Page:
The movie is beautifully shot, with vibrant colors and stunning sets that transport the audience to the fairy-tale world that Andersen created. The musical numbers are catchy and memorable, and the songs, written by Frank Loesser, add to the movie’s whimsical tone. In my opinion, the simplicity of the story and it’s many wholesome and funny scenes contribute to the movie’s success. Andersen isn’t depicted as an unrecognized genius on the levels of Shakespeare, Molière or even Perrault, he is just a simple cobbler in his village who uses his vivid imagination in order to entertain children. He can only be admired for who he is. This is why Danny Kaye’s performance is so great, he was able to act out Andersen’s childish, naïve, and reckless personality which is the main reason why he gets into trouble with the schoolmaster who implores his departure to the Burgomaster. Alongside his apprentice Peter, Andersen sets off to the dazzling capital of Denmark: Copenhagen, where he manages to get himself in trouble once again which lends him in jail because he disrespected the statue of the King (although all he was doing was promote his business with his magnificent singing). However, he soon resumes his adventures, starting off with making the perfect ballerina slippers for a rather demanding Niels (portrayed by Farley Granger) whose anger management issues don’t really help him answer to his wife’s demand Doro (portrayed by Zizi Jeanmaire) with whom our favorite cobbler falls head over heels with. This unrequited love helps him find the inspiration to write to write one of his most iconic stories yet: “The Little Mermaid”. His mesmorization of her is portrayed later on by a 3-minute-long musical sequence that is supposed to show Andersen daydreaming, imagining himself marrying the beautiful ballerina. This newfound love for the ballerina however drives a gap to be formed in the friendship between Peter and Andersen, with the two slowly drifting apart, which makes it seem like a reconciliation is almost impossible.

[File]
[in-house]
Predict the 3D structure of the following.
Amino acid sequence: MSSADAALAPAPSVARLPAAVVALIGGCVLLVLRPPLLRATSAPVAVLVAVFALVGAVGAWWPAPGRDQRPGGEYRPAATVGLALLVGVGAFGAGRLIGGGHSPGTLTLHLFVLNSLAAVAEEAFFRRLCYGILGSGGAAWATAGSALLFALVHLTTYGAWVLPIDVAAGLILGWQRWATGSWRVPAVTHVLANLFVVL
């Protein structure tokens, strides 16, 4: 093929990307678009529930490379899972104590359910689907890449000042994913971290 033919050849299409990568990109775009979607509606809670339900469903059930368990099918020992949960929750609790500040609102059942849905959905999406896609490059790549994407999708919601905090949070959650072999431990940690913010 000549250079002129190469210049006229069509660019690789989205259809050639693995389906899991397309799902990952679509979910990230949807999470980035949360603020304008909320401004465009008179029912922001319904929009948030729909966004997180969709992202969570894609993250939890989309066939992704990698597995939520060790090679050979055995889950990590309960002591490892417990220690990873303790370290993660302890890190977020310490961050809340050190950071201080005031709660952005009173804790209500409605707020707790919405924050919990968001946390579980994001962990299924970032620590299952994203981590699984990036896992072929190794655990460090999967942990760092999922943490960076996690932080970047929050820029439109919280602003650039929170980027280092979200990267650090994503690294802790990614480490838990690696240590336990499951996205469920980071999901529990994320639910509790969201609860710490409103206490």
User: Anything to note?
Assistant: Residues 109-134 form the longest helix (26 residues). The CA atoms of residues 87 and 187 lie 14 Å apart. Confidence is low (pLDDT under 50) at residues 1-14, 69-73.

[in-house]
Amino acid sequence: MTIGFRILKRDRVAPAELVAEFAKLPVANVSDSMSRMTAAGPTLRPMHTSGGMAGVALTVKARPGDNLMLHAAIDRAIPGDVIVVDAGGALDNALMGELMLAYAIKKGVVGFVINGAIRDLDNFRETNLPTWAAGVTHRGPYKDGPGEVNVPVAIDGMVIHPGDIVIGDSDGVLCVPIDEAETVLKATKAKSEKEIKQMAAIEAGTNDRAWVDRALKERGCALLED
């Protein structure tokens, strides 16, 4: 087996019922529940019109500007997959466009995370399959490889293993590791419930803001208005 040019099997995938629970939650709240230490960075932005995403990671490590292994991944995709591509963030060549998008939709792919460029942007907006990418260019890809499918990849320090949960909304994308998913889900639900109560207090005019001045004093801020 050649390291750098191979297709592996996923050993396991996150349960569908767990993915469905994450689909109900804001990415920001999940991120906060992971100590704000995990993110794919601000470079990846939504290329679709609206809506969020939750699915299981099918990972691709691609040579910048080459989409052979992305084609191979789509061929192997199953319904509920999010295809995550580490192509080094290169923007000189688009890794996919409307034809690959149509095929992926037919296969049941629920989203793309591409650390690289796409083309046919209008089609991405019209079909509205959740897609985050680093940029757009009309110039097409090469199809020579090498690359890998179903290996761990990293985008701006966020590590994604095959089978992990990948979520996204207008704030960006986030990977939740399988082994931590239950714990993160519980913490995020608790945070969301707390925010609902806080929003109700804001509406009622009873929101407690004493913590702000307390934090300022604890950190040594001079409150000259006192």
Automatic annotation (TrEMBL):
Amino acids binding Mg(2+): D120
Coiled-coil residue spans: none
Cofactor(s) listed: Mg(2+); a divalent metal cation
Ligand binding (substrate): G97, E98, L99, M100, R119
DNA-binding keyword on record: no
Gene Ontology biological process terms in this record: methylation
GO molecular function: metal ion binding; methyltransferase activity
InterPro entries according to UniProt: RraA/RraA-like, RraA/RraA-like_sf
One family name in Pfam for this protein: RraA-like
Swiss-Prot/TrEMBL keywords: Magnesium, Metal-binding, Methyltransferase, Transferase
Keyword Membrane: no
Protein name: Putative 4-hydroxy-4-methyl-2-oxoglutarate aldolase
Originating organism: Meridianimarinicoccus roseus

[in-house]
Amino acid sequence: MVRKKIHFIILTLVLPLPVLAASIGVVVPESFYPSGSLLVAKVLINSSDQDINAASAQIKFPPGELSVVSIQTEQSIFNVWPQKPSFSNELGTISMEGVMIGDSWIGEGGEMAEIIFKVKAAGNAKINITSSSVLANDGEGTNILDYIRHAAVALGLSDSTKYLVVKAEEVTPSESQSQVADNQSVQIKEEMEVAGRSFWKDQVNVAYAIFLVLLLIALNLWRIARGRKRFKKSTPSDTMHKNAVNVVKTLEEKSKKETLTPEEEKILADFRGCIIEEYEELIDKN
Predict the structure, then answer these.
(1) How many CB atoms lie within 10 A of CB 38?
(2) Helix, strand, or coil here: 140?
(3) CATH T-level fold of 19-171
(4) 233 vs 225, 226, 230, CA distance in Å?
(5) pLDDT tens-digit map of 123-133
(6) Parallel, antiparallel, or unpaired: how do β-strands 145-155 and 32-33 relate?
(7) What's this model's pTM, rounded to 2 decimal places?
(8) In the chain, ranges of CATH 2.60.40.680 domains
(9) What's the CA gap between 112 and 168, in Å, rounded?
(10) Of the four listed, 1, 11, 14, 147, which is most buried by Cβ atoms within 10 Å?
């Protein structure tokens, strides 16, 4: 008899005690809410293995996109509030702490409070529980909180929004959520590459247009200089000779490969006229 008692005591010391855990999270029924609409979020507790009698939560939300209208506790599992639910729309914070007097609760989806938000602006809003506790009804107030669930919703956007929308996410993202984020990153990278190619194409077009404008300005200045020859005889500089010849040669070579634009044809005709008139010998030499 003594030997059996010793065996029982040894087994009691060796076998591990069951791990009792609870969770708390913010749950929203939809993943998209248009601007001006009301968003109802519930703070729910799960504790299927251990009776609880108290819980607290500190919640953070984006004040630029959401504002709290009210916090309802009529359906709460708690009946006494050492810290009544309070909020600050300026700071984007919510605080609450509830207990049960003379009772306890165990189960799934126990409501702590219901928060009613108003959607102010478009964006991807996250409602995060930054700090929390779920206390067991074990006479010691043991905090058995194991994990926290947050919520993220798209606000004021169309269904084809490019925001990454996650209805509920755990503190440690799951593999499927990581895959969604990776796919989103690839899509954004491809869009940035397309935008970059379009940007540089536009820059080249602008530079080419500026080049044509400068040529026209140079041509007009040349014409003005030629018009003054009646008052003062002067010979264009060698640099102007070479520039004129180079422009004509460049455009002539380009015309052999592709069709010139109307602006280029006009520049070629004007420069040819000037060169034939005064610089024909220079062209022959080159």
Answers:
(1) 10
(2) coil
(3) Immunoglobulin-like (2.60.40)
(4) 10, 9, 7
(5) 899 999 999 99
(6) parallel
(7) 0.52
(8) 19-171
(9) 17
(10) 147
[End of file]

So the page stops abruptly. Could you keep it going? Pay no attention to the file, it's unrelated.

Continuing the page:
Now comes the wonderful 7-minute-long ballet towards the end of the film, which is I have to say the adds the cherry on top of the cake. The choreography is sublime, down to the smallest detail. It conveyed the original story of the Little Mermaid and gives a slight dark twist to a cheery story of a village storyteller. This kind of art is something I barely see in movies today sadly. But I assure you, this movie has a good ending. After the ballet, Andersen realizes how foolish he was and decides that the best course of action now is to go back to his regular routine as a cobbler and stop making stories. This changes however after he reconciles with old Pete, with Andersen regretting the way he treated him and wanting things to go as they were. Their reconciliation goes to show how well they get along and the respect they hold for each other. Andersen decides to publish his stories and to have them printed so that everyone can enjoy them. The movie ends with the townspeople gathering around him to hear him sing his stories, seemingly accepting him and realizes how great he is. I know that the ending is pretty cliché but it’s still heartwarming, nonetheless and brings a closure to this masterpiece.